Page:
Accounting, communication and transparency
Trustees must be able to account for all their actions and provide regular, usually annual, accounts to beneficiaries. They must provide beneficiaries with copies of the trust document itself. We also find that meeting with beneficiaries at least once a year is useful in terms of building relationships, answering questions, and making sure distributions continue to be appropriate. Trustees should err on the side of too much disclosure rather than too little. Lack of transparency can quickly lead to distrust and suspicions which can undermine the relationship between the trustee and beneficiaries. This can in turn lead to extra costs for the trust, especially if litigation arises.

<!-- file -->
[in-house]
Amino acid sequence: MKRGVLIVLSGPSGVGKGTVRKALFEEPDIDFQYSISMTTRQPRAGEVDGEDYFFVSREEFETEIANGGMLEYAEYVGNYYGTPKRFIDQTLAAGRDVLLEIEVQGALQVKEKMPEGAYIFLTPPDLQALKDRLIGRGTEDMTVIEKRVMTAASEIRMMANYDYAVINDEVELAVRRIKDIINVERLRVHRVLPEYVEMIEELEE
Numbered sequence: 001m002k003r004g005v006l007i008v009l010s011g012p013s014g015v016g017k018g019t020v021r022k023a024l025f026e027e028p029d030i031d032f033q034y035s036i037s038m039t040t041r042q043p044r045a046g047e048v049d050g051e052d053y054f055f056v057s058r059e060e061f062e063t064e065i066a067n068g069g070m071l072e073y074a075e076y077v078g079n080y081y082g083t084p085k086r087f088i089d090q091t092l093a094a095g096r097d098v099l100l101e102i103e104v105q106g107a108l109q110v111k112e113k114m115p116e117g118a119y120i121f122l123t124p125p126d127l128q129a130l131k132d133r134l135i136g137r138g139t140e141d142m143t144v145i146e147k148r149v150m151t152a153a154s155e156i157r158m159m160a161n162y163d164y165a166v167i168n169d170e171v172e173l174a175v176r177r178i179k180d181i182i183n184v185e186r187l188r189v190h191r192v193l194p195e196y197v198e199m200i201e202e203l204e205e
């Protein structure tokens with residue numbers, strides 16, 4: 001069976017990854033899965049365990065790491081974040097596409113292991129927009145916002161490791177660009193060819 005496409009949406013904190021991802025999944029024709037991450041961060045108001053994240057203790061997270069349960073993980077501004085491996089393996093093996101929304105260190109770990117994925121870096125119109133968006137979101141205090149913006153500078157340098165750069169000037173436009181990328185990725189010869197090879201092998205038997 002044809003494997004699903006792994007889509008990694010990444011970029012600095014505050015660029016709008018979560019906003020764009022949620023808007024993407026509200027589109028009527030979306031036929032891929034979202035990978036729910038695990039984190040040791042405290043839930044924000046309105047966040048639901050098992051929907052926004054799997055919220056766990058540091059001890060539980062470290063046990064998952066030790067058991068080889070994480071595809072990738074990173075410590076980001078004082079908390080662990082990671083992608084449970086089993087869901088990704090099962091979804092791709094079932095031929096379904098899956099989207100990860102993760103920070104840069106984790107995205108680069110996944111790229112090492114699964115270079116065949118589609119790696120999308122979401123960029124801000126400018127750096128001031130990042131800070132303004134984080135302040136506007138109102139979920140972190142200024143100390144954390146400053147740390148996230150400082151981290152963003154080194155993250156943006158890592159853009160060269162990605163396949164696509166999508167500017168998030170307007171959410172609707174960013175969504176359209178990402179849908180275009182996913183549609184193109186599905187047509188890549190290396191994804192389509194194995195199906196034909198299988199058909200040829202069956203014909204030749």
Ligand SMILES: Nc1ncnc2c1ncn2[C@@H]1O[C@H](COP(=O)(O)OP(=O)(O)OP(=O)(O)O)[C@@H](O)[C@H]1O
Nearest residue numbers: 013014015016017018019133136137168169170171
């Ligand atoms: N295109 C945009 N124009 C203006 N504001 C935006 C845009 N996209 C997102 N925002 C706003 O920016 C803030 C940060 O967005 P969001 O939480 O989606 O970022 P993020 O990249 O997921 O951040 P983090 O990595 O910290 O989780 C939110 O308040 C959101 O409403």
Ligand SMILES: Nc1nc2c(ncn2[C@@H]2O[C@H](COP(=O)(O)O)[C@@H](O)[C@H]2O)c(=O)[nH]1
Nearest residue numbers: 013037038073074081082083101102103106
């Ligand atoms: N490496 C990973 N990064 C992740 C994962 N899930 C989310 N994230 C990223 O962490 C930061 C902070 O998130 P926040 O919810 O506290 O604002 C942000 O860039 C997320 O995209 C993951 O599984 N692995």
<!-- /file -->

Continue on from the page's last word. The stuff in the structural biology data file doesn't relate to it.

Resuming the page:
Irrevocable trusts require the annual filing of a 1041 income tax return. However, they rarely pay taxes because any income that is distributed to beneficiaries gets taxed to them. Revocable trusts usually don’t have to file tax returns because they use the grantor’s social security number.
Your investment of trust assets must be prudent and reasonable. This means a conservative approach that balances risk and growth, usually a mix of stocks and bonds. It would be imprudent to invest totally in bonds because historically they have not grown nearly as fast as investments in stock, and these days they’re producing very little interest. And it would be imprudent to invest totally in stock since their value can fluctuate dramatically.